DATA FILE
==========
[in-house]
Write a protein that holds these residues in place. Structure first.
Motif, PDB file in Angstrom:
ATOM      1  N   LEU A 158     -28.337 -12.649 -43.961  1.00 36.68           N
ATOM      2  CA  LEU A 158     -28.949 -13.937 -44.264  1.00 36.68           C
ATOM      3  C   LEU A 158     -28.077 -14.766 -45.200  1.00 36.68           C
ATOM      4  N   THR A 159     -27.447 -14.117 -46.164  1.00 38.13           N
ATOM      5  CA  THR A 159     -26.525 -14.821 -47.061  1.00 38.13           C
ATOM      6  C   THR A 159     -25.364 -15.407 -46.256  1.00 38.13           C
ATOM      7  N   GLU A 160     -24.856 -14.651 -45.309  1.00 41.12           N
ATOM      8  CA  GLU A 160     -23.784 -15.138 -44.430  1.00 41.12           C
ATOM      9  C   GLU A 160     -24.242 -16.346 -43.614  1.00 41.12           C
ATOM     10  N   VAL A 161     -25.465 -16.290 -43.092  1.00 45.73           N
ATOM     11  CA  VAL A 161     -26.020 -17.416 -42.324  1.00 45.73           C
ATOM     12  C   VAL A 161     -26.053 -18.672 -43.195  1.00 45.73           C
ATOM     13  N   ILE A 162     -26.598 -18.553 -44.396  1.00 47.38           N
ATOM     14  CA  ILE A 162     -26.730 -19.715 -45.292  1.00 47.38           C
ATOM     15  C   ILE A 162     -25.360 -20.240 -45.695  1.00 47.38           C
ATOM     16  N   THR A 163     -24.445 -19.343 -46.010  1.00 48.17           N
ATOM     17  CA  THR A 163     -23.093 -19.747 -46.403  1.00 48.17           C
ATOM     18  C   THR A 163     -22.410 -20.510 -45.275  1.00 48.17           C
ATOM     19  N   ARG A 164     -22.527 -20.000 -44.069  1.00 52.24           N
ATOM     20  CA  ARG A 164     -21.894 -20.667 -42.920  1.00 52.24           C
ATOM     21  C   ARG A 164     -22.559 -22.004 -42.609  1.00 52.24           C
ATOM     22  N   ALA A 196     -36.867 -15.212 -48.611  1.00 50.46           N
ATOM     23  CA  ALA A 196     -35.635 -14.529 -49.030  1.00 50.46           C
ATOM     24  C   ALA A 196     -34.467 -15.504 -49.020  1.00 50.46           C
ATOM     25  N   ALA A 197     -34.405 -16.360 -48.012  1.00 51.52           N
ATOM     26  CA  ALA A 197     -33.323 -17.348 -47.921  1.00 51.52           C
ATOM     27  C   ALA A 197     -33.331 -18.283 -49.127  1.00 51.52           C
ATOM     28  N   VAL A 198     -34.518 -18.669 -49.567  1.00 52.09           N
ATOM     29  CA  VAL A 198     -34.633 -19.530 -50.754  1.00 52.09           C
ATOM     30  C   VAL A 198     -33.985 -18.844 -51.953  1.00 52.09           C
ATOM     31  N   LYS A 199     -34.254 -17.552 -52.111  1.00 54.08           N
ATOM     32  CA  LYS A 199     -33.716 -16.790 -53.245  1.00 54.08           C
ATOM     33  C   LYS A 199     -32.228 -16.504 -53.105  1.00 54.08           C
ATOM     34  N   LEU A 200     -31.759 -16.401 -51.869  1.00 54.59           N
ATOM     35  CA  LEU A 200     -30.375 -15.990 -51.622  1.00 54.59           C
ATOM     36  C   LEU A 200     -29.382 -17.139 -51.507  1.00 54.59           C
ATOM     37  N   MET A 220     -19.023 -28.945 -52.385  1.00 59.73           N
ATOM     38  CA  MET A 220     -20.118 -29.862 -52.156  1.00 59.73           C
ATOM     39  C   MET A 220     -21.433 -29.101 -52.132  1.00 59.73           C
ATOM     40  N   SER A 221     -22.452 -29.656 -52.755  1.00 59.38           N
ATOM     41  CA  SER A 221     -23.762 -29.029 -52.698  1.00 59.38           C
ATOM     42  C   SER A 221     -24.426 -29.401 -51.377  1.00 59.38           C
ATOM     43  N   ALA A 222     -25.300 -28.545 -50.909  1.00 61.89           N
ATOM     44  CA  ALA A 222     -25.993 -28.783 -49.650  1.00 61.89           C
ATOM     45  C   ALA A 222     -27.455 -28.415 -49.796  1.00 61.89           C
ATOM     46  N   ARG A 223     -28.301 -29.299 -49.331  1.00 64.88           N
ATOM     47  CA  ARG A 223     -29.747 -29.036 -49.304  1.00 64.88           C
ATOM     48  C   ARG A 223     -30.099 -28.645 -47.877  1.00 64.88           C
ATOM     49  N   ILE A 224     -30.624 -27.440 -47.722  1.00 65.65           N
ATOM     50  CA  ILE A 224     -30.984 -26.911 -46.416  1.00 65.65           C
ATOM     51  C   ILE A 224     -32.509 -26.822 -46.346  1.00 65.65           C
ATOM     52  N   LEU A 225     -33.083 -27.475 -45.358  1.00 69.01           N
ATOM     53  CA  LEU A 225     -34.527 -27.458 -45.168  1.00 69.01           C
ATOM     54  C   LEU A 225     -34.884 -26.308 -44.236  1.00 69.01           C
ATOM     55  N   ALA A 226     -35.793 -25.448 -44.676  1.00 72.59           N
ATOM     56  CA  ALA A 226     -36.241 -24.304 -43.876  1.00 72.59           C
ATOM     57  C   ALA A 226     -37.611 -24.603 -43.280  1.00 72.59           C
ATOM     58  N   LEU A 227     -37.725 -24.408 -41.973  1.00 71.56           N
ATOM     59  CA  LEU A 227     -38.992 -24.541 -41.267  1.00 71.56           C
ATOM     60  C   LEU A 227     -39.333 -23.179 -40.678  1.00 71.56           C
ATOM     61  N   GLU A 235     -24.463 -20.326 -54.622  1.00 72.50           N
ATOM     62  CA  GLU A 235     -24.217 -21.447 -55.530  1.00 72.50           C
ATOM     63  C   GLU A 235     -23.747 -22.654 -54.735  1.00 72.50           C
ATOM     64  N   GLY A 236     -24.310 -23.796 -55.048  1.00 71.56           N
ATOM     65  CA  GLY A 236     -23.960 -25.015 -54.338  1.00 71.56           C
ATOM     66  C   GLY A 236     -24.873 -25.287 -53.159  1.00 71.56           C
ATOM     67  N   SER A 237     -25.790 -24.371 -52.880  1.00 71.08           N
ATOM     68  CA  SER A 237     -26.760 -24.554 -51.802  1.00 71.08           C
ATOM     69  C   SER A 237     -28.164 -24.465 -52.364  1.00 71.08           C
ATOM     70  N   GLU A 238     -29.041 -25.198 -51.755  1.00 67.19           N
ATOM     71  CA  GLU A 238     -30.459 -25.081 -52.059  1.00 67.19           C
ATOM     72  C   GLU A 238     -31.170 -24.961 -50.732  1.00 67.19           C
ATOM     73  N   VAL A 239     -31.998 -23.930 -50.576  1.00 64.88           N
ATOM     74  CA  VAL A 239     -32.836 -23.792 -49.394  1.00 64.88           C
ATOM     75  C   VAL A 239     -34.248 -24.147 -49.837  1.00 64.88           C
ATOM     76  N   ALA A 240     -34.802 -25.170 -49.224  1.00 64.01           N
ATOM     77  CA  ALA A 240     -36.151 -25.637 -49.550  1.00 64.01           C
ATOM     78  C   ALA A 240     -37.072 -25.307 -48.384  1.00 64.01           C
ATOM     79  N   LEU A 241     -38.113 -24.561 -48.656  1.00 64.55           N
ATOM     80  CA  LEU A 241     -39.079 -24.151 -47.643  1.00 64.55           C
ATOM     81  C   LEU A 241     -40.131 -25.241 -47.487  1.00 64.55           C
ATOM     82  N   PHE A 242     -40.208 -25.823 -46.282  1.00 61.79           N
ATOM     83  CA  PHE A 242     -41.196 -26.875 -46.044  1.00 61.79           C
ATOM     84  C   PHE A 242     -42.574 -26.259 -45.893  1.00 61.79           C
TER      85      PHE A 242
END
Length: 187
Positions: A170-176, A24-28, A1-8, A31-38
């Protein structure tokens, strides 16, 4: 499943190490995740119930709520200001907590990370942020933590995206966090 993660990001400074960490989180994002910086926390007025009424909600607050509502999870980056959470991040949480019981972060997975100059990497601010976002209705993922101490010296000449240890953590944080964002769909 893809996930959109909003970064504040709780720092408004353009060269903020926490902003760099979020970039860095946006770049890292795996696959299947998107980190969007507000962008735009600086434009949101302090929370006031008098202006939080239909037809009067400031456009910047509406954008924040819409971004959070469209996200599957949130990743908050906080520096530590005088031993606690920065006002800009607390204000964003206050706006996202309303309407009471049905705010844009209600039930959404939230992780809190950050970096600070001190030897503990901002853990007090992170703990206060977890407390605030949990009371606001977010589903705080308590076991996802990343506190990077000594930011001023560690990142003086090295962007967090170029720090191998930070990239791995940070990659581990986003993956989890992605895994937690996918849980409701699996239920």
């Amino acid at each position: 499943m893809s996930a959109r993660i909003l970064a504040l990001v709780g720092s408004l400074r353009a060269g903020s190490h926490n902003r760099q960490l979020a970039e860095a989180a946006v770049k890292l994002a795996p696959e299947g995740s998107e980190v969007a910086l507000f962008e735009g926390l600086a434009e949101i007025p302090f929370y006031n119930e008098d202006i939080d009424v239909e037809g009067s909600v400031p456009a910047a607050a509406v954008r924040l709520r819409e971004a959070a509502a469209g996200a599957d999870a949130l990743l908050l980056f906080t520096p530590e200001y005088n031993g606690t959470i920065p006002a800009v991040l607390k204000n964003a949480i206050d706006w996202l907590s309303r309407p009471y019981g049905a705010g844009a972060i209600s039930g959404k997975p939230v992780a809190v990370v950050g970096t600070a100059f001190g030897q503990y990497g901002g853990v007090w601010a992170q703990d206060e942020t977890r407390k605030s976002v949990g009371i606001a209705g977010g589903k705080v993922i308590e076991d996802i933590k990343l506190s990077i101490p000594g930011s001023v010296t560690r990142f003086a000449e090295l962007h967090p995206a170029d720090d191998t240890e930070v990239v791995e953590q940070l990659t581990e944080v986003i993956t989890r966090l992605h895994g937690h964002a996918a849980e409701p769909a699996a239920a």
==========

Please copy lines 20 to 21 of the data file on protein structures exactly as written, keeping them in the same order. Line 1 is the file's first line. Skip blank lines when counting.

ATOM     17  CA  THR A 163     -23.093 -19.747 -46.403  1.00 48.17           C
ATOM     18  C   THR A 163     -22.410 -20.510 -45.275  1.00 48.17           C